Archive for November, 2010
Employee satisfaction is a prime driver of corporate reputation. Nearly all reputation studies conclude that talent makes a tremendous difference. A global survey from Forrester recently looked at employee advocacy – how much employees would recommend their employers’ products or services and recommend their employer as a good place to work to friends or relatives. They borrowed this questioning from the Net Promoter Score (NPS) work done by Bain and which is widely accepted as a strong proxy for excellence. What particularly attracted my interest was how employee advocacy differed by country. Advocacy is a key tenet at Weber Shandwick and for that reason, I find advocacy and its impact on reputation something to keep up on.
North American employees (US and Canada) are three times more likely to be advocates for their employers than those in Europe. French employees had the most “badvocates” or detractors and the least advocates. The authors postulate that labor laws and cultural differences are factors in why France had the most detractors when it comes to answering questions about products/services made by their employer or as a place to work. Germany fared better than the UK on the advocacy dimension but France performed the least well.
Yet, there were plenty of detractors in all regions which underscores how important it is for management to build better understanding of employees’ satisfaction if they wish to have admirable reputations and attract the best talent. This will only grow in importance as the baby boomers retire and the next layer of management thins.
Today is Thanksgiving in the U.S. It is a special holiday because it brings families and friends together over food as a new season takes hold. Before walking the dog this morning, I read an oped about keeping a gratitude diary. I thought of my neighbor who told me that he begins his day by reciting what he is thankful for. I thought this was a nice idea but not for me. I don’t have time for breakfast, let alone another list of things to think about. He is retired, I thought as he spoke, so he has the time to be thankful, walk the dog in the park for an hour and stop to chat on the sidewalk about his family, new granddaughter, travel to his second home. Not for me.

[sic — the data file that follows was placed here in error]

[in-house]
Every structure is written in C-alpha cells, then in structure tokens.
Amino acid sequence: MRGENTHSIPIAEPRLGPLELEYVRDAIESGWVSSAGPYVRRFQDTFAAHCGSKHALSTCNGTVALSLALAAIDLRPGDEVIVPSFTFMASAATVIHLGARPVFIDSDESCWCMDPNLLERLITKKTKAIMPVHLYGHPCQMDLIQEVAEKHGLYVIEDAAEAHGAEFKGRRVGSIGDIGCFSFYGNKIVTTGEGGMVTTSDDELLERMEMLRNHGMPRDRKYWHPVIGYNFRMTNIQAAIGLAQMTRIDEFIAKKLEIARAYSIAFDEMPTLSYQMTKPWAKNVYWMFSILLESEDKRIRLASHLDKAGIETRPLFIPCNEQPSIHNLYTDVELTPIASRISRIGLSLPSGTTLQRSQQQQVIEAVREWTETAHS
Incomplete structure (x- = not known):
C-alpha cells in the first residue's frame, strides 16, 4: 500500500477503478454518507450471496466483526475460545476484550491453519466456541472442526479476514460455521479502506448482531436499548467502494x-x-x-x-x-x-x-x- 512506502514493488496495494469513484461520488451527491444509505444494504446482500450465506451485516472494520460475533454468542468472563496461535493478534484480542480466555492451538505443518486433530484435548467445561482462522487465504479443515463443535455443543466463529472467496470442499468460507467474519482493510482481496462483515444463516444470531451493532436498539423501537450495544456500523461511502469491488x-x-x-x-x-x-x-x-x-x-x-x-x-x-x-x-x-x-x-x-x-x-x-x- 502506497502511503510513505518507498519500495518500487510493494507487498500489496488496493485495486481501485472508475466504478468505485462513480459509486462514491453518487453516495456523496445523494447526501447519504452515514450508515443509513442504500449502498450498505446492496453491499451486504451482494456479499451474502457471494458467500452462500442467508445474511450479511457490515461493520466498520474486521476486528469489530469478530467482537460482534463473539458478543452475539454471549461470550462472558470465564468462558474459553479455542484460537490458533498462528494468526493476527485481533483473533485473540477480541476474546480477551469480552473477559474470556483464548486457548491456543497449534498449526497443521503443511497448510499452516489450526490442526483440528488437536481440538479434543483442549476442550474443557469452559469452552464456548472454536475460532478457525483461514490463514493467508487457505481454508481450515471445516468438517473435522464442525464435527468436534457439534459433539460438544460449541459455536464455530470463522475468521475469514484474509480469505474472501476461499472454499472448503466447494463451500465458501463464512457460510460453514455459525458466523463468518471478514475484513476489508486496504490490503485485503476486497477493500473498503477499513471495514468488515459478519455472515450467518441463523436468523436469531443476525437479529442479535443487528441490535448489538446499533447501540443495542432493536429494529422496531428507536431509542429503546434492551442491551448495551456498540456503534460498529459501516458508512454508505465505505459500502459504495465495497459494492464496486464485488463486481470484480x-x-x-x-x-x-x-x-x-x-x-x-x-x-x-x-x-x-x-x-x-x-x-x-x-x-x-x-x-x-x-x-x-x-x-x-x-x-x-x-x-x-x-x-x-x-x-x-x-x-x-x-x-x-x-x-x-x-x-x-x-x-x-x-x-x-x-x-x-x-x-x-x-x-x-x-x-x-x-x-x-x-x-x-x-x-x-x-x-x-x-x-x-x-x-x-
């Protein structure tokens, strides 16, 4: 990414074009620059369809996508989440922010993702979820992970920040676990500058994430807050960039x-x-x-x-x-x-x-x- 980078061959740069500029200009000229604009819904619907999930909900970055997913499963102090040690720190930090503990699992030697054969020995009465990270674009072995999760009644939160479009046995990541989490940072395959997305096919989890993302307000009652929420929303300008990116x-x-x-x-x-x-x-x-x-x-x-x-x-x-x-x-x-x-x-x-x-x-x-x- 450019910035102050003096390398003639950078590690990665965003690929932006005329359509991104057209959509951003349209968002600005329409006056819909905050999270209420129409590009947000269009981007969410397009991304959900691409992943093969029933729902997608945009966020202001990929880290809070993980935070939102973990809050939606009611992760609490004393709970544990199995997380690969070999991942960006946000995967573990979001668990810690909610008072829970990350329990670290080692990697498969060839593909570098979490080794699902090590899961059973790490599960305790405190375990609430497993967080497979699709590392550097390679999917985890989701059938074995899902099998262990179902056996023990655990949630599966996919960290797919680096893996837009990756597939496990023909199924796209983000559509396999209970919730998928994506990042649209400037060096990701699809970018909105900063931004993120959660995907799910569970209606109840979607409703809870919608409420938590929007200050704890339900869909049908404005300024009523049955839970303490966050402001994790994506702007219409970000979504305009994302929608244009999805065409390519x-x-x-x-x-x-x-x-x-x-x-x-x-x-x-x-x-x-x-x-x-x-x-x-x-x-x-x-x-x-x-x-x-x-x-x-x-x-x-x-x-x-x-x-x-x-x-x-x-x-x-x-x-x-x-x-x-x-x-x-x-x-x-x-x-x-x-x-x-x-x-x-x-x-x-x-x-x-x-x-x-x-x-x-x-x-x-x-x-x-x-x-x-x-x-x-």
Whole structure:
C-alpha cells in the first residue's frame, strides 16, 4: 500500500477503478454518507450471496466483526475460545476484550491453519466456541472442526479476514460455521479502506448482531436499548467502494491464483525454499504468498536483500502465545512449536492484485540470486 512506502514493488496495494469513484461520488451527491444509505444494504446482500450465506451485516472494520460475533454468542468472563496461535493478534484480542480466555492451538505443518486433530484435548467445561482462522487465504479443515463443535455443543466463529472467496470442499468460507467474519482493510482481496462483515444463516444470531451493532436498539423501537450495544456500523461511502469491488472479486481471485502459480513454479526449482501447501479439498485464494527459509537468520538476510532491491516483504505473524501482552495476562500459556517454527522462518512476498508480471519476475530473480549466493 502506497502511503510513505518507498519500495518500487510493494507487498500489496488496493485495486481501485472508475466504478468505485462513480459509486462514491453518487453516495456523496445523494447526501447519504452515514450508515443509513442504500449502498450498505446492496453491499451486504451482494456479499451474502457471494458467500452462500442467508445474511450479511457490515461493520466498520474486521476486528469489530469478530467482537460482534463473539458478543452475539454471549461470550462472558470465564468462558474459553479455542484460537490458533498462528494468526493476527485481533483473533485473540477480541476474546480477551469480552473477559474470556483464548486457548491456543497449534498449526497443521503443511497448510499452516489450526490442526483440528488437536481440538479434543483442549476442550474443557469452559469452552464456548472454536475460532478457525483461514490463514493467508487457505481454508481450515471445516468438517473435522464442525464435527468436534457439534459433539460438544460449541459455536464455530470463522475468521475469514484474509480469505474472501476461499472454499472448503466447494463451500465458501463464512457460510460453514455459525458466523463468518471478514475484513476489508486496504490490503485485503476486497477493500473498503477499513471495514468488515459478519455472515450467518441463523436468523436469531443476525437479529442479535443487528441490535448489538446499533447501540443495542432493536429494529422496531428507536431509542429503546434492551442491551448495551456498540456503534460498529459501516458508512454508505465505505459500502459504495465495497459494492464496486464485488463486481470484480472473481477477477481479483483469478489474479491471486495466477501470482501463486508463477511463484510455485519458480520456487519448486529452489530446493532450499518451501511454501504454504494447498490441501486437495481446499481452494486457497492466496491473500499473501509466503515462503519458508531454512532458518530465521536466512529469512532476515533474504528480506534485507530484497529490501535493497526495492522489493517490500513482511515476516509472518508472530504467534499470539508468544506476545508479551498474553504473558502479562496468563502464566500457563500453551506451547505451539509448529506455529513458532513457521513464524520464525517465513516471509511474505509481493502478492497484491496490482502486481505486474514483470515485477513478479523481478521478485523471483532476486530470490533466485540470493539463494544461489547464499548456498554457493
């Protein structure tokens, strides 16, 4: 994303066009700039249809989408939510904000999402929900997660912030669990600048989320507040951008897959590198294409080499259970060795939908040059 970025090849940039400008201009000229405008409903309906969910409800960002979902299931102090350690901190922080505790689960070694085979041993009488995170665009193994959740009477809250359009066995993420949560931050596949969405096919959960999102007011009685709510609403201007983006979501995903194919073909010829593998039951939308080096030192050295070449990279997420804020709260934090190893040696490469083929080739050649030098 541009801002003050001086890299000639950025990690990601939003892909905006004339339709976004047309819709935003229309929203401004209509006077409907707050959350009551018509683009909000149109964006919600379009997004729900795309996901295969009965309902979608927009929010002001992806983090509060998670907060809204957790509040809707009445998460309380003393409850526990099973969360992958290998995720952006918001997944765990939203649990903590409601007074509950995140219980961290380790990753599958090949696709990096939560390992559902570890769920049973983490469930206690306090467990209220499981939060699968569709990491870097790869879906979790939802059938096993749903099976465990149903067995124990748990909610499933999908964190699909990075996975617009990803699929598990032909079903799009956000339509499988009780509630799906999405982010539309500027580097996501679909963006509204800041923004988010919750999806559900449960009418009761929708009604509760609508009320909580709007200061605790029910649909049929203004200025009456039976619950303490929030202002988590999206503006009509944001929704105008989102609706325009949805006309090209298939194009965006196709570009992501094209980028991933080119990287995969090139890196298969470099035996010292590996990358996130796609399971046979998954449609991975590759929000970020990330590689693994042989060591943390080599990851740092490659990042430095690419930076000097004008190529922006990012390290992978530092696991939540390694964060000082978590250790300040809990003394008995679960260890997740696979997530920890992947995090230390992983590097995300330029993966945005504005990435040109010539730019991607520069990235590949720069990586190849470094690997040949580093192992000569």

The last few days, I have been thinking what drives me, besides my family of course. I have to say that my passion for the topic of reputation is at the core of what I do. I am thankful for my obsession with “reputation” and its many dimensions. About one year ago at this time, I was wondering what was new in the world of reputation that would excite me enough to write a book (not again!) or article or ignite an idea for new research on reputation. Everyone seems to be an online reputation manager or expert. The Internet lets everyone or anyone hang out a shingle! What more could I add that needs further exploration. This challenge to myself was not easy because I had covered many aspects of reputation over the years — CEO reputation, reputation recovery, reputation rankings, executive visibility, thought leadership, social media reputation, reputation risk, reputation loss and online reputation management. Yet, something did come to mind and I bravely sent off an email to an editor at Harvard Business Review.
Nearly one year later, with a pile of drafts,articles and reports on the floor in my office, my article on Reputation Warfare appeared. I am joyously grateful that an idea that came to mind last Thanksgiving came to fruition and now sits proudly inside the HBR December issue (and online). What amazes me is that I never lost interest for one minute in the topic of how companies can learn lessons from the military on how to defend themselves against online asymmetrical attacks from reputation detractors or snipers. Even now as the issue sits with readers, my interest in reputation defense in this brave new world has not diminished. I regard that as a gift to be grateful for. A colleague wrote me yesterday after reading the article that even more challenging and complex reputational assaults lie ahead. How true. That’s good news to me.